Officials with the Niskayuna Central School District on Tuesday night proposed more than $600,000 worth of additional cuts to bring the tax levy increase below 4 percent for 2013-14.
Superintendent Susan Kay Salvaggio presented the potential cutbacks a week after district voters resoundingly defeated the initial budget proposal, which called for a 5.76 percent levy increase.
The budget revisions proposed by Salvaggio would bring the tax levy increase below the 4.66 percent cap, so the plan would require only a simple majority of voters to approve it in the June 18 revote.
“We heard loud and clear that the budget we put forth wasn’t acceptable,” Assistant Superintendent for Business Matt Bourgeois said.
The proposed reductions totaled $636,000, including 7.5 full-time-equivalent positions, one of those an administrative position.
The additional cuts were prompted by district voters defeating the original budget proposal May 21, with just 44.1 percent of voters voting in favor and 55.9 percent voting against. More than 5,500 people voted, far more than the roughly 3,200 average, officials said. Voters also voted out two of three incumbents who were up for re-election.
Board members are not expected to vote on a final revote proposal until at least this evening, when another meeting is scheduled at 6 p.m. In case more time is needed, another meeting has been called for Thursday.
The new proposal must be approved by June 4.
The proposal from Salvaggio also included $200,000 in estimated savings from outsourcing the district’s student transportation, a move she noted carried a potential risk.
The transportation outsourcing would come after an impasse was declared in negotiations with the union representing drivers. A unilateral move could be challenged in court, but it would be a challenge district officials believe would be defensible.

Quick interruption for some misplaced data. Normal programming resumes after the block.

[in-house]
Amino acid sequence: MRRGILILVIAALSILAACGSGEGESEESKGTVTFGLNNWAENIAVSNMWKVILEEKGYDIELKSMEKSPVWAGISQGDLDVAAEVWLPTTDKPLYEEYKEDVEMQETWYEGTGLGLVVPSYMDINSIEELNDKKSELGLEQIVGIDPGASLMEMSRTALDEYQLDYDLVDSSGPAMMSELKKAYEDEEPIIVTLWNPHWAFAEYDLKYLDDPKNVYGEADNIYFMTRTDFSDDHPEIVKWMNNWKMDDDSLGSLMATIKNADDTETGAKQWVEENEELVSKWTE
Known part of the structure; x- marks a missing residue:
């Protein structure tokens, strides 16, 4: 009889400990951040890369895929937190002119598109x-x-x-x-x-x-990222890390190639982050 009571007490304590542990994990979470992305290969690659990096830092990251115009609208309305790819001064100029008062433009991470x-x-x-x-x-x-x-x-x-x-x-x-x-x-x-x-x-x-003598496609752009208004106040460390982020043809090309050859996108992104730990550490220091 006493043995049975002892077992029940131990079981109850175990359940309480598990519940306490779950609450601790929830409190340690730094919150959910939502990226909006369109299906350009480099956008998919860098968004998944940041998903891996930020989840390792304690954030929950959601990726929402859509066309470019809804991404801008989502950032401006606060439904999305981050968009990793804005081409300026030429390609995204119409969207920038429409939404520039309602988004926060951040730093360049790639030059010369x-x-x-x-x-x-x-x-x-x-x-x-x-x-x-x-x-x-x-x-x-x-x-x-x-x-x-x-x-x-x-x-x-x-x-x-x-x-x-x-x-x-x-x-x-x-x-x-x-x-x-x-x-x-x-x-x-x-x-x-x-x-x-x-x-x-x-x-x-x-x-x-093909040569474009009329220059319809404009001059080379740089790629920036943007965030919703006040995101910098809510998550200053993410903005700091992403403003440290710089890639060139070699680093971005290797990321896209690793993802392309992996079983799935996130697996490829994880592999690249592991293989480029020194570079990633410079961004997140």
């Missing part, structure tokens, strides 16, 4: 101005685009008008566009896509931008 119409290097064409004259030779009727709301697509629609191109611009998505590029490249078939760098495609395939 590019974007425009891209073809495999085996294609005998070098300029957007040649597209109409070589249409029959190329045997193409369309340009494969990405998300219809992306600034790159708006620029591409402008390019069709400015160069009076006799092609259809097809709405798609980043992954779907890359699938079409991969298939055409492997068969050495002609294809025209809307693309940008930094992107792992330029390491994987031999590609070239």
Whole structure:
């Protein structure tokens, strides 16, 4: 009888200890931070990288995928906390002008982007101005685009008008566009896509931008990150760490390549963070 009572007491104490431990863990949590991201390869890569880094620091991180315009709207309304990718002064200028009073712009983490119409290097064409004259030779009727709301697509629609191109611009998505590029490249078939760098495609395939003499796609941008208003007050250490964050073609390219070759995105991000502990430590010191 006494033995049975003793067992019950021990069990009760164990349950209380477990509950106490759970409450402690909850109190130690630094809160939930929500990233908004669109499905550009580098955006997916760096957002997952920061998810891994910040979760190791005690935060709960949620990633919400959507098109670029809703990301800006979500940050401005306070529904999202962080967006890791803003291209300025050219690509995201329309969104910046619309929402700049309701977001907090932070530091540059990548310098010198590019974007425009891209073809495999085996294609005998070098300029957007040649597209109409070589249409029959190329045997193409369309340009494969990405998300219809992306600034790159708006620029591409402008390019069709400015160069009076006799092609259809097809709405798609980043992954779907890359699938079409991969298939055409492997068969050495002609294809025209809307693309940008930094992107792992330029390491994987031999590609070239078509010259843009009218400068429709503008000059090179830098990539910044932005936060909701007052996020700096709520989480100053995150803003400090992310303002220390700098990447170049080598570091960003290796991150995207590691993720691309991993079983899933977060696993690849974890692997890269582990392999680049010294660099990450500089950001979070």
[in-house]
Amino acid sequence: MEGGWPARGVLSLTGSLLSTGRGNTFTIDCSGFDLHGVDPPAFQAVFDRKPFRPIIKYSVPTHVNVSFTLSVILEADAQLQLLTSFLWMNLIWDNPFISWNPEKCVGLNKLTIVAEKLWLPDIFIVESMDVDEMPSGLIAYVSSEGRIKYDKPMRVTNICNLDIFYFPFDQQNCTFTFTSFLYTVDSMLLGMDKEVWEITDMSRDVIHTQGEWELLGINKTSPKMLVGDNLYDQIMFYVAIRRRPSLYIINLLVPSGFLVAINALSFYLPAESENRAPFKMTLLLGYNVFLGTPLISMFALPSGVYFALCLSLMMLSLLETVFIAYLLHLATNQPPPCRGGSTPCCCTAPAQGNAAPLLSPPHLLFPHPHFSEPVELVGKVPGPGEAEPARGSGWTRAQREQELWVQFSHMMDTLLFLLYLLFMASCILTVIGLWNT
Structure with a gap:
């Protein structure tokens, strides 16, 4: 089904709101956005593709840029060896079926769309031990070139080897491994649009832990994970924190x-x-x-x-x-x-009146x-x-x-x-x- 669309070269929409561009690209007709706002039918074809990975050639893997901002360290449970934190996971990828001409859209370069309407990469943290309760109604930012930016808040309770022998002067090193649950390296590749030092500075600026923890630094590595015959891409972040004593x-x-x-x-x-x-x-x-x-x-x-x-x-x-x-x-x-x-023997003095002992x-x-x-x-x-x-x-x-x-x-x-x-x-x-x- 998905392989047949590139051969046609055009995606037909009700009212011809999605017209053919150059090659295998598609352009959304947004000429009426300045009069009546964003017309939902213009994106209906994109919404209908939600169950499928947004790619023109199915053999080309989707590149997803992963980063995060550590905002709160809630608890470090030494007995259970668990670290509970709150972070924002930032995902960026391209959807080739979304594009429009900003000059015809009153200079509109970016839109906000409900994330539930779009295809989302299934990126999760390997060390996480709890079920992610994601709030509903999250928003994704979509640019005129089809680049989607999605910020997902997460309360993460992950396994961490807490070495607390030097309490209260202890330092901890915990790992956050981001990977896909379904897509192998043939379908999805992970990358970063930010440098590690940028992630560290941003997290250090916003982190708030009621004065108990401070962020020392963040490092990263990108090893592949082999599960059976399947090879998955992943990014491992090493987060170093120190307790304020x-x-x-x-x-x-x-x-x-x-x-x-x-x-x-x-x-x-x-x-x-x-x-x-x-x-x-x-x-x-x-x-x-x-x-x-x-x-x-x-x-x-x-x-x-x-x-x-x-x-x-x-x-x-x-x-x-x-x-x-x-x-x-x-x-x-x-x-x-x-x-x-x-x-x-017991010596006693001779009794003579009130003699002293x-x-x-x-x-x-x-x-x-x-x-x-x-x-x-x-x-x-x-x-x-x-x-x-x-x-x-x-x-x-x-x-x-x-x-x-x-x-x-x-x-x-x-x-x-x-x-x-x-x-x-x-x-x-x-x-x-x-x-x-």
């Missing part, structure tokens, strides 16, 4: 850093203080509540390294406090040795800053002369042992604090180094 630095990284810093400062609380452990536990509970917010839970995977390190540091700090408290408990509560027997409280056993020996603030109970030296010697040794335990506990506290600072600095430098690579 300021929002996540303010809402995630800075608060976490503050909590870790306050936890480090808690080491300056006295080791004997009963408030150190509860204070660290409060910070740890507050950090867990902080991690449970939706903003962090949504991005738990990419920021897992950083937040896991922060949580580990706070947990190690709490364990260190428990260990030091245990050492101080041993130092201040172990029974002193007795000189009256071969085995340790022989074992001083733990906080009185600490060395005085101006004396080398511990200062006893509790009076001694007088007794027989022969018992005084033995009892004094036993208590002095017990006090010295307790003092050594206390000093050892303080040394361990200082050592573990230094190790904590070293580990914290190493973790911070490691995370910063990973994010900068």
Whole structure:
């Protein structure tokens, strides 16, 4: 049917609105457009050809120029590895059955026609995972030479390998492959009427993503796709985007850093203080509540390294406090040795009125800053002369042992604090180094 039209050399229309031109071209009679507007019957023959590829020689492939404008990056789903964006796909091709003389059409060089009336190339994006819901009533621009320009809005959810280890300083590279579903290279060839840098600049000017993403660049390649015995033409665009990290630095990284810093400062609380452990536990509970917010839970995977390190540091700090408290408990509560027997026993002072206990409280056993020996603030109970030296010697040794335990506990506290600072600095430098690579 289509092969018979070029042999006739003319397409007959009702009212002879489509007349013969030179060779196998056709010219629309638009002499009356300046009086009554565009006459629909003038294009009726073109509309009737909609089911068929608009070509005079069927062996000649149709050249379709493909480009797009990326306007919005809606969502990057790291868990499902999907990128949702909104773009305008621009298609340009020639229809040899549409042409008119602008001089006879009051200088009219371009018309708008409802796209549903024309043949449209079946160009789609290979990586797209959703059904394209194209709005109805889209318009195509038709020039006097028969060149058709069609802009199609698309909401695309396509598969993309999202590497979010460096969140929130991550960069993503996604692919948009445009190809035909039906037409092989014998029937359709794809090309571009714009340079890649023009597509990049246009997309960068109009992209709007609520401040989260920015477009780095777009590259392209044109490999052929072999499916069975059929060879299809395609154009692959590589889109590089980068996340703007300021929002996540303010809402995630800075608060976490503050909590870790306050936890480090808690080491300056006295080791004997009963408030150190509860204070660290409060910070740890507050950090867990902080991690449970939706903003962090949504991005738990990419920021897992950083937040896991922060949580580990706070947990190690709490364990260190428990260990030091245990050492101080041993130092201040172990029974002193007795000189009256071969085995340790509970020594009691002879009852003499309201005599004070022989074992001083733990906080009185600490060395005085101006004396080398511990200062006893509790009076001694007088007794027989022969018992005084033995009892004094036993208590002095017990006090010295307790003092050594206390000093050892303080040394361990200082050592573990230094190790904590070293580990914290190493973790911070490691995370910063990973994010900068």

Among the other cuts proposed by Salvaggio was 1.6 full-time-equivalent positions from sixth-grade foreign language instruction.
That proposal was met with concern from the board because it would directly impact instruction.
“That’s the hardest for me to stomach,” board member Debbie Gordon said.
Board members chose to hold off on voting on the foreign language proposed cuts until seeing an alternative proposal.
On the revenue side, district officials also saw improvement, announcing $275,000 in extra “bullet” aid from state Sen. Hugh Farley. That’s in addition to $100,000 announced earlier from Assemblyman Phil Steck.
Officials are budgeting $200,000 of that money into the proposed spending plan, taking into consideration that it’s one-time aid.
District officials were also able to negotiate $100,000 in rental income from a local company to use unused space at the district’s bus garage.
At the outset of the meeting, board members heard from several members of the community outlining their concerns and observations of the budget vote.
Resident Lyle Barlyn called the board’s original budget proposal risky and “poorly thought out.”
Barlyn noted the risk now is even greater. A “no” vote June 18 means more than $2 million in further reductions that will punish the students.
Resident Sunny Lee said she is hopeful the budget will pass but said that she wants to see something from the board “other than sticking a finger in the dike to stop the water from flowing.”
Asked about the 3.95 percent tax levy increase in the revised budget, some board members thought it should go lower to ensure passage.
Board members also expressed a preference for cuts to stay out of the classroom.
“I think the focus has to be on the academic programs,” board member Barbara Mauro said, adding, “that’s what we’re here for.”